It's a tacit acknowledgement that, in practice, the law often works differently for poor people (something as simple as a traffic ticket can lead to a cascading cycle of debt and arrest if you don't have the resources to pay it)...

...for non-white people (check out these statistics on drug use and sale versus drug arrests for white people and black people)...

...for women (we're still arguing over whether a woman has a right to make a private medical decision about her own body — something men never have to worry about — in 2016)...

...and other demographics too.

More importantly, it's an affirmation of the fact that, while most Americans live lives that might seem worlds apart from the experience of the average Supreme Court Justice, their experiences should never be disregarded by or alienated from the law.

By highlighting this critical character trait in his nominations of Kagan, Sotomayor, and now Garland, Obama has made it clear that empathy is not just nice to have, but a necessary qualification for holding a seat on highest court in the land.

Photo by Chip Somodevilla/Getty Images.

It's about time.

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In many ways, 18-year-old Idaho native, Hank Cazier, is like any other teenager you've met. He loves chocolate, pop music, and playing games with his family. He has lofty dreams of modeling for a major clothing company one day. But one thing that sets him apart may also jeopardize his future is his recent battle against a brain tumor.

Cazier was diagnosed in 2015. When he had surgery to remove the tumor, he received trauma to his brain and lost some of his motor functionality. He's been in physical, occupational, and speech therapy ever since. The experience impacted Cazier's confidence and self-esteem, so he's been looking for a way to build himself back up again.

"I wanted to do something that helped me look forward to the future," he says.

Enter Make-A-Wish, a nonprofit organization that grants wishes for children battling critical illnesses, providing them a chance to make the impossible possible. The organization partnered with Macy's to raise awareness and help make those wishes a reality. The hope is that the "wish effect" will improve their quality of life and empower them with the strength they need to overcome these illnesses and look towards the future. That was a particularly big deal for Cazier, who had been feeling like so many of his wishes weren't going to be possible because of his critical illness.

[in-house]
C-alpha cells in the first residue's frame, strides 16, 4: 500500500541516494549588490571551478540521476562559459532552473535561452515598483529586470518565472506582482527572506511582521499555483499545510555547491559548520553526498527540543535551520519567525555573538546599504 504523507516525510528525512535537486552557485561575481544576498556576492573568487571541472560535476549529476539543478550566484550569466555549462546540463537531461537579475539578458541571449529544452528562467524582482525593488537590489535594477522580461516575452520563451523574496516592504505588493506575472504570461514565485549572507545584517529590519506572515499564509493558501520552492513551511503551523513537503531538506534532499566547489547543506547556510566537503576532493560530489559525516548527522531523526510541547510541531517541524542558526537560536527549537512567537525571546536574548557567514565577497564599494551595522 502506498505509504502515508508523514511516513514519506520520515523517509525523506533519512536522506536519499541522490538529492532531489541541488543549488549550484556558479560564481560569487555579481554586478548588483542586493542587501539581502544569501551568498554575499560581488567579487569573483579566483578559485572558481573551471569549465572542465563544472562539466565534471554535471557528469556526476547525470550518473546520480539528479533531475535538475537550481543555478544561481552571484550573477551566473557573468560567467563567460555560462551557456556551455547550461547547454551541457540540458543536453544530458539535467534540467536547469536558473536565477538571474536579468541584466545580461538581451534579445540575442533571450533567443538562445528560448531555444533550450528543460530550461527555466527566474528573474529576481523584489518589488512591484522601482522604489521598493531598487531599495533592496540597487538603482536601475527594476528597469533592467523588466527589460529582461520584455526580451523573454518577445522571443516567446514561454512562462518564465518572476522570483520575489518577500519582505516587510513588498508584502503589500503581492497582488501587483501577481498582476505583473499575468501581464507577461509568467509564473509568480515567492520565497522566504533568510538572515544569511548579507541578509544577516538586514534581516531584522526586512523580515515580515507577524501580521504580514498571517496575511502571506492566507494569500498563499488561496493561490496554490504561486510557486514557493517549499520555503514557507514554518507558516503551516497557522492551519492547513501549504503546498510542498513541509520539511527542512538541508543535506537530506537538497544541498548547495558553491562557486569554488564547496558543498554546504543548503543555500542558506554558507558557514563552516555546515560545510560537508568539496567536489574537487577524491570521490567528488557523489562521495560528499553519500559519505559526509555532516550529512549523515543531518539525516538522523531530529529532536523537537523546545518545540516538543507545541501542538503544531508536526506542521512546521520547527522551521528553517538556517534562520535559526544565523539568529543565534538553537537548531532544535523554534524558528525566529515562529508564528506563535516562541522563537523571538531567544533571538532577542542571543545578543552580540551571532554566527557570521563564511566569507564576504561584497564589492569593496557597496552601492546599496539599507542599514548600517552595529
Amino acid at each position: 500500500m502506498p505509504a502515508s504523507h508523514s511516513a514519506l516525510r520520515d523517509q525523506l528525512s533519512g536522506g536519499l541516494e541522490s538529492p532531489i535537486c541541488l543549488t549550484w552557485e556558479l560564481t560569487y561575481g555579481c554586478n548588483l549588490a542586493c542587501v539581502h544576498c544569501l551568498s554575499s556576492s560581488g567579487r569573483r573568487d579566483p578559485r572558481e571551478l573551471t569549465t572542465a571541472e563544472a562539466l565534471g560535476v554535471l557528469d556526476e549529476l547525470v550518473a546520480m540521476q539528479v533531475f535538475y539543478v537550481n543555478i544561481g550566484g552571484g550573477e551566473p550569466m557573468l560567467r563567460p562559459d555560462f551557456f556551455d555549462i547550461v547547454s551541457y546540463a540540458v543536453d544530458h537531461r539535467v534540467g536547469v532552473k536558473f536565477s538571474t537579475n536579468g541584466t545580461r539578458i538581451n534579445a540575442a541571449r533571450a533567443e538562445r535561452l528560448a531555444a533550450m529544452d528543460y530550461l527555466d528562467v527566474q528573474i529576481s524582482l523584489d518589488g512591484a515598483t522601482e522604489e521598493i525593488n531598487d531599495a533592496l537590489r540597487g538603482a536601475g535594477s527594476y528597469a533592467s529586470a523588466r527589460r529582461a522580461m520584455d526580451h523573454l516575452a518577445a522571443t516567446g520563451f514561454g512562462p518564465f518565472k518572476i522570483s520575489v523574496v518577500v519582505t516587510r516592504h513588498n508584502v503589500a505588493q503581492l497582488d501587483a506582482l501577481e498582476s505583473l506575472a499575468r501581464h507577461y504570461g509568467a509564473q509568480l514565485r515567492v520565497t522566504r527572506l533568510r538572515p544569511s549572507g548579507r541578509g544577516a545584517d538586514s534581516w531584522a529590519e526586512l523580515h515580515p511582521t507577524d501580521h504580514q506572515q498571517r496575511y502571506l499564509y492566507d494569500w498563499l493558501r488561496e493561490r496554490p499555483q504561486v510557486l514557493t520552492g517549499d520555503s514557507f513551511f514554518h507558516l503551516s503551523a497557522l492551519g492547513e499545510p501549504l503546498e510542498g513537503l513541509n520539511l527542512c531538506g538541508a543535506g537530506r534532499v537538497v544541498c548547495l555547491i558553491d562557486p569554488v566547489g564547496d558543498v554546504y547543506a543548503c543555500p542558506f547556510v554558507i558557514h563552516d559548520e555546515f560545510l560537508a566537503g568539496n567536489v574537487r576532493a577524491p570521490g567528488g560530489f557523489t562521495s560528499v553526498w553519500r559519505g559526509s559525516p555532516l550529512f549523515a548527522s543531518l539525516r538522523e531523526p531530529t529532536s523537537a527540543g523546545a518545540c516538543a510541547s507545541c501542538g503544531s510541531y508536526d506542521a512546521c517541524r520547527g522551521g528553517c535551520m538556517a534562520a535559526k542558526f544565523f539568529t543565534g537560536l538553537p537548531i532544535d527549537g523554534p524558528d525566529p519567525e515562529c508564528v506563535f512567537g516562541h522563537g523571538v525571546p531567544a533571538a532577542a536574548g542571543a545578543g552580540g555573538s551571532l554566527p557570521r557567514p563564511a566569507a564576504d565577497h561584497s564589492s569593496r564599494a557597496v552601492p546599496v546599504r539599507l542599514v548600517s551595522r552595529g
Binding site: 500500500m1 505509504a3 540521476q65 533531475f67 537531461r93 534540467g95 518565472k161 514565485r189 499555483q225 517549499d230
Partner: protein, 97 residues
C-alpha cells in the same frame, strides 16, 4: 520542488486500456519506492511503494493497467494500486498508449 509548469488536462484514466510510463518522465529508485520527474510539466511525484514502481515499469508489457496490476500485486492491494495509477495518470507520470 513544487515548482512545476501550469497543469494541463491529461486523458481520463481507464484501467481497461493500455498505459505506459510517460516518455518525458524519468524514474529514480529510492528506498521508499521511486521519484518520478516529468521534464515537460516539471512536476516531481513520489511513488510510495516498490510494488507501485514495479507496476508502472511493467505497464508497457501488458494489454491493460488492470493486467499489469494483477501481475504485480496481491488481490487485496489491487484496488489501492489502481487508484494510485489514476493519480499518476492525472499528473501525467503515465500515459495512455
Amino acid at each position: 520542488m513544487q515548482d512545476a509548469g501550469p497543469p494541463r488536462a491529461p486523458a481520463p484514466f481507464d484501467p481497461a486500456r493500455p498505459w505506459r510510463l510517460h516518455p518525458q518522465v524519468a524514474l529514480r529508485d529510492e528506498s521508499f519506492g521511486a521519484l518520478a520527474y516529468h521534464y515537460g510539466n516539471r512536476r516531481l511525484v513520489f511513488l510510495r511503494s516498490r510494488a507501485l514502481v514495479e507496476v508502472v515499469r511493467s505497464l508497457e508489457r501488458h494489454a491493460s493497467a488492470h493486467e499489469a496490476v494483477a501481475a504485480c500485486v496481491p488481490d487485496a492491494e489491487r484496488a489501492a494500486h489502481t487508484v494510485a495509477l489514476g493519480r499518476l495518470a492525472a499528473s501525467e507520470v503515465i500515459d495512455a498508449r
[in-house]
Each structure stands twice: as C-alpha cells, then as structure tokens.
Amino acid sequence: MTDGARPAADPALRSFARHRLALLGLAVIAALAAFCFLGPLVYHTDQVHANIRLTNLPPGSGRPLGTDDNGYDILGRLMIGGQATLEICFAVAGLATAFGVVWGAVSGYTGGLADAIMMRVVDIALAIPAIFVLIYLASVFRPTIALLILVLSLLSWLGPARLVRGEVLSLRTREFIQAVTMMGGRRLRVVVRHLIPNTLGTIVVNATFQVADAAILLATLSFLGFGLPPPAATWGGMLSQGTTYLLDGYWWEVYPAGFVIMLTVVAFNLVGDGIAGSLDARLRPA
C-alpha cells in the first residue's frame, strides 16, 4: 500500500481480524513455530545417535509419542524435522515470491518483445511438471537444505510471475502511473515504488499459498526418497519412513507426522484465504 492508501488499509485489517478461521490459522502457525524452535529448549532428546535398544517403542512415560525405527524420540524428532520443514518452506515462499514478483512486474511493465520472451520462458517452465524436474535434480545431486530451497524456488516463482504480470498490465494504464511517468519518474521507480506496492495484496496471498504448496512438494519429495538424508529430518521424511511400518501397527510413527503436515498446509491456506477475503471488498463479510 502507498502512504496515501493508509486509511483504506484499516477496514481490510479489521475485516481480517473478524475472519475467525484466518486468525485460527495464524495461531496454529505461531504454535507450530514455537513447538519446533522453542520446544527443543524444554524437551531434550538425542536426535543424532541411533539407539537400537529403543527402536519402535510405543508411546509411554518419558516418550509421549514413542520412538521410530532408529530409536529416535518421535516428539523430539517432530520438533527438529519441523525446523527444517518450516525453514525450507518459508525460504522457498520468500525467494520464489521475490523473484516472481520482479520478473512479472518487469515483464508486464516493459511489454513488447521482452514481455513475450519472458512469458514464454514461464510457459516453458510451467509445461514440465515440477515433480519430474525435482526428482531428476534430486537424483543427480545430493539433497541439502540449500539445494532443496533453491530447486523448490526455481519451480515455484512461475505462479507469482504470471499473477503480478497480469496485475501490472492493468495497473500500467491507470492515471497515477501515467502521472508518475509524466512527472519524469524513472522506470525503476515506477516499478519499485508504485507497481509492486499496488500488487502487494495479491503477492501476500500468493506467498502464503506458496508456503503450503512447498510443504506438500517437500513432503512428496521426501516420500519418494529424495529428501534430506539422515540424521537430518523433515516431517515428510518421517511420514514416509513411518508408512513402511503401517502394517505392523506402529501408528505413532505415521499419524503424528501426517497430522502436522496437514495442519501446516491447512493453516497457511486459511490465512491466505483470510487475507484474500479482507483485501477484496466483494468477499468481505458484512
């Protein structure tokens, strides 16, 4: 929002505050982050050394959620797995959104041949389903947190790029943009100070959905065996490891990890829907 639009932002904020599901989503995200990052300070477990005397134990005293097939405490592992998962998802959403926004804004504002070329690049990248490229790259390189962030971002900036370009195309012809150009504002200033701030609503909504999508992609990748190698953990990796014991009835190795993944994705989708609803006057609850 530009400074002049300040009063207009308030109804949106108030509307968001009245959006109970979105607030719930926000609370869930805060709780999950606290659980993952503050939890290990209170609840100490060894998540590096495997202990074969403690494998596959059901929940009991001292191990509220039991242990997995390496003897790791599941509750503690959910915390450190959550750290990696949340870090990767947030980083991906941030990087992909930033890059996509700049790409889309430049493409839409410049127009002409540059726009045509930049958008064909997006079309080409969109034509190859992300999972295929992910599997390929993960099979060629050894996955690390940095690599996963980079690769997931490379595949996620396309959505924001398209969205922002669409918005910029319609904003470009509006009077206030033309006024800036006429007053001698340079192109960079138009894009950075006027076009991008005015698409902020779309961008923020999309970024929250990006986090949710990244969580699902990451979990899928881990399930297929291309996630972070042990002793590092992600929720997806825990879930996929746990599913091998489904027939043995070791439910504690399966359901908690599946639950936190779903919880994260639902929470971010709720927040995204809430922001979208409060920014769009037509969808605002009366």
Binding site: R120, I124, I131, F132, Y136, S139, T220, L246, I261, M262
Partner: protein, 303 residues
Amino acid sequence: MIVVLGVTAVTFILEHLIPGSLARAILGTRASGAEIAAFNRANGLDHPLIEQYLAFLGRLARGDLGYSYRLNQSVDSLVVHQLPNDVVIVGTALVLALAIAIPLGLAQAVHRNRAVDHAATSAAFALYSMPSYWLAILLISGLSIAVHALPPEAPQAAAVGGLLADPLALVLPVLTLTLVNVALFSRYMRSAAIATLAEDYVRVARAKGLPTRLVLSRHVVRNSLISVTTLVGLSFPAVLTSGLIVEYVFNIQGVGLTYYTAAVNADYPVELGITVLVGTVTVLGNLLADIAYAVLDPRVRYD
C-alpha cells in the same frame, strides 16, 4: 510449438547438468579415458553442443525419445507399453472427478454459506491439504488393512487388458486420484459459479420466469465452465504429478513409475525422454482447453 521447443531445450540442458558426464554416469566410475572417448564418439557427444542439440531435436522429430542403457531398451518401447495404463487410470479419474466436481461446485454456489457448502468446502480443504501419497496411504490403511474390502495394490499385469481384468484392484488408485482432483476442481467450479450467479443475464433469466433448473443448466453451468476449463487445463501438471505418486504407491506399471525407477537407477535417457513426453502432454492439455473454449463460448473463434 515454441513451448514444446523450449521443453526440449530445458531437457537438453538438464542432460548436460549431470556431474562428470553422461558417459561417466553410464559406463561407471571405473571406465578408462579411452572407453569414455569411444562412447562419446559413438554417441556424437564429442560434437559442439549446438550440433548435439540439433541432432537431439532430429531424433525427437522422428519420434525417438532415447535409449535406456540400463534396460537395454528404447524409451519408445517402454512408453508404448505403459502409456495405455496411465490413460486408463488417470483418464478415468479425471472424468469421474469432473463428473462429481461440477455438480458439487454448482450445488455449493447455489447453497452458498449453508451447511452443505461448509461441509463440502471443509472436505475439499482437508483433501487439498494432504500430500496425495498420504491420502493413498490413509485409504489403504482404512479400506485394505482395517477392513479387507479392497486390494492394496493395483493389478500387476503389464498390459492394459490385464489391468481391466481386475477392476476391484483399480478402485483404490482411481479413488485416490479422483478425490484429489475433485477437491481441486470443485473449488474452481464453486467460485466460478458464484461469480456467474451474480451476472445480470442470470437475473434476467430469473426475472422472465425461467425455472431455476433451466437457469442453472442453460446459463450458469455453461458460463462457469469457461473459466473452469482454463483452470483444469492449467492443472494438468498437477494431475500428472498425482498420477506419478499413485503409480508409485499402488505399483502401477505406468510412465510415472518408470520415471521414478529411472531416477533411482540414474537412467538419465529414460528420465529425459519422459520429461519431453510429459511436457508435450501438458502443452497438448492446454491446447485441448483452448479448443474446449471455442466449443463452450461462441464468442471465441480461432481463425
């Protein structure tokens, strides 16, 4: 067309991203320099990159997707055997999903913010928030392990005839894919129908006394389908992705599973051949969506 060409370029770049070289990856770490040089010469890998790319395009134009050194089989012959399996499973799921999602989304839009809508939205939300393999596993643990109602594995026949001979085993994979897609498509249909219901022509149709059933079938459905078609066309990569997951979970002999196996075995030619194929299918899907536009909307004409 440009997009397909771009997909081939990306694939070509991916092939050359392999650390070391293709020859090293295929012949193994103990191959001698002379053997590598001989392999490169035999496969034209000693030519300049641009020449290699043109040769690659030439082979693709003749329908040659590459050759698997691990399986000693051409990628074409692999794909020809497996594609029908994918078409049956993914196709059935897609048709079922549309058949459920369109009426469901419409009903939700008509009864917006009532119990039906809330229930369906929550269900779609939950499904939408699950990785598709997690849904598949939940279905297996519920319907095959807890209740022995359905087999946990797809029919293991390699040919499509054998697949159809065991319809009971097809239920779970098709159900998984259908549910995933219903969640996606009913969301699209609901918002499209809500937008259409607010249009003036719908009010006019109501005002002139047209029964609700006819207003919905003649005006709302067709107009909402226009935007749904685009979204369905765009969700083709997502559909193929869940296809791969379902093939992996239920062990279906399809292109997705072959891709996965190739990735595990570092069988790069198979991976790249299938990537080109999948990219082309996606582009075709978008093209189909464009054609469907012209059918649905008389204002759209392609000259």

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Make-A-Wish can't fulfill children's wishes without the generosity of donors and partners like Macy's. In fact, since 2003, Macy's has given more than $122 million to Make-A-Wish and impacted the lives of more than 2.9 million people.

Cazier's wish experience was beyond what he could've imagined, and it filled him with so much joy and confidence. "It is like waking up and discovering that you have super powers. It feels amazing!" he exclaims.

One of the best parts about the day for him was the kindness everyone who helped make it happen showed him.

"The employees of Macy's and Make-A-Wish made me feel welcome, warm, and cared for," he says. "I am truly grateful that even though they were busy doing their jobs, they were able to show kindness and compassion towards me in all of the little details."

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You can change the lives of more kids like Cazier just by writing a letter to Santa and dropping it in the big red letterbox at Macy's (you can also write and submit one online). For every letter received before Dec. 24, 2019, Macy's will donate $1 to Make-A-Wish, up to $1 million. By writing a letter to Santa, you can help a child replace fear with confidence, sadness with joy, and anxiety with hope.